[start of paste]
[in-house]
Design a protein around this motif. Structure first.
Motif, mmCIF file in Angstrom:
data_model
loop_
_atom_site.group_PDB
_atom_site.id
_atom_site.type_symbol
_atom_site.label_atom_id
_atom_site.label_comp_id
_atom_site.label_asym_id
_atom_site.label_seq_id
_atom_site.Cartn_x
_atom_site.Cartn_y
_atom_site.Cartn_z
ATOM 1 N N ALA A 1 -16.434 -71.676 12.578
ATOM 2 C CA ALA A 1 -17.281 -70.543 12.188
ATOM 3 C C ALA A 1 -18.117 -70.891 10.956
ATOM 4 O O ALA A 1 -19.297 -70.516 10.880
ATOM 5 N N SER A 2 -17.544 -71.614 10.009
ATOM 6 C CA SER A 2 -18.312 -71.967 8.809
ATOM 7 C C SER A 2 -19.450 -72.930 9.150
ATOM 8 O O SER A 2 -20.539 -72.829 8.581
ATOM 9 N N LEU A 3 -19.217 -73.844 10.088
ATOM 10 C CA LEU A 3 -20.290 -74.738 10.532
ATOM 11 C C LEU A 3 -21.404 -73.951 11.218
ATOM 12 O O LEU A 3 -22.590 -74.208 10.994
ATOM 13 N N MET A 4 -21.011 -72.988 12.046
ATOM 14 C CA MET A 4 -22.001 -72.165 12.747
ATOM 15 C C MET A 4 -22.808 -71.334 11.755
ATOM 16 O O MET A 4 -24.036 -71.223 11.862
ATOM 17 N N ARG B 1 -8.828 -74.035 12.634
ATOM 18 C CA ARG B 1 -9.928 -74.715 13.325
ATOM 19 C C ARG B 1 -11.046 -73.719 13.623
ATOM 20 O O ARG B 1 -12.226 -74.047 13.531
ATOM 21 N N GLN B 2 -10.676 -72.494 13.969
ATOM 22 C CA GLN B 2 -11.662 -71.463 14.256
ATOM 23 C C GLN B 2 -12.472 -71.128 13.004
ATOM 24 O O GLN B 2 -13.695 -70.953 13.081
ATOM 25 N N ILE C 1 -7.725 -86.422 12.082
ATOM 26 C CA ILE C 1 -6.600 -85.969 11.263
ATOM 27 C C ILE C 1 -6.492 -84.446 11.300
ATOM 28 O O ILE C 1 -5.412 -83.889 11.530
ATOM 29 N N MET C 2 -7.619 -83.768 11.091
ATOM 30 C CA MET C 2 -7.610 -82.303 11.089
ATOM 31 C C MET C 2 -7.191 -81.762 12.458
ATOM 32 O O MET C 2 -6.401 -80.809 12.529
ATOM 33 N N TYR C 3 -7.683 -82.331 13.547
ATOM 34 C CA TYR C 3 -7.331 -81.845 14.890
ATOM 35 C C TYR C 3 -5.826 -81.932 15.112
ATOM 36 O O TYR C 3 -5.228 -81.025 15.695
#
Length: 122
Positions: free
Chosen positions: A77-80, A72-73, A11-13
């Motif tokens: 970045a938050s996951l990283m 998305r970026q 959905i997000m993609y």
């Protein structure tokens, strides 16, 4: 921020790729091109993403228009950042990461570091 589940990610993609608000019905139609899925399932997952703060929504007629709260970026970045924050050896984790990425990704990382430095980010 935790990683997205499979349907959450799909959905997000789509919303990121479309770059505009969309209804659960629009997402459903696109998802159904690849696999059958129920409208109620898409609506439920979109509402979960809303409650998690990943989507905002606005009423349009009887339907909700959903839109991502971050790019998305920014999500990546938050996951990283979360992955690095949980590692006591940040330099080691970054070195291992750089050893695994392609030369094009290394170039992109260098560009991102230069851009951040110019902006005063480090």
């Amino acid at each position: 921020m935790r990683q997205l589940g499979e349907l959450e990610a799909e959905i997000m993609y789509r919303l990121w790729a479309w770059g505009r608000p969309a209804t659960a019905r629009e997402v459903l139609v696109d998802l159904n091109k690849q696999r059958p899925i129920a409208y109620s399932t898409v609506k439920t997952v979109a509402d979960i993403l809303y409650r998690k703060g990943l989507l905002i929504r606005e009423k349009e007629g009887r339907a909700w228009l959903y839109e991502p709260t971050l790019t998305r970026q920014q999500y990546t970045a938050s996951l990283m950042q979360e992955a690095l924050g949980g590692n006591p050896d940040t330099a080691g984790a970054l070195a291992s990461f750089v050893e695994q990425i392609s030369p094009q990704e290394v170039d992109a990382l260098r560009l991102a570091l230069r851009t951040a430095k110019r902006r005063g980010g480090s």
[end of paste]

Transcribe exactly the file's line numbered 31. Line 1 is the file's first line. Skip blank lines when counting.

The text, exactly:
ATOM 16 O O MET A 4 -24.036 -71.223 11.862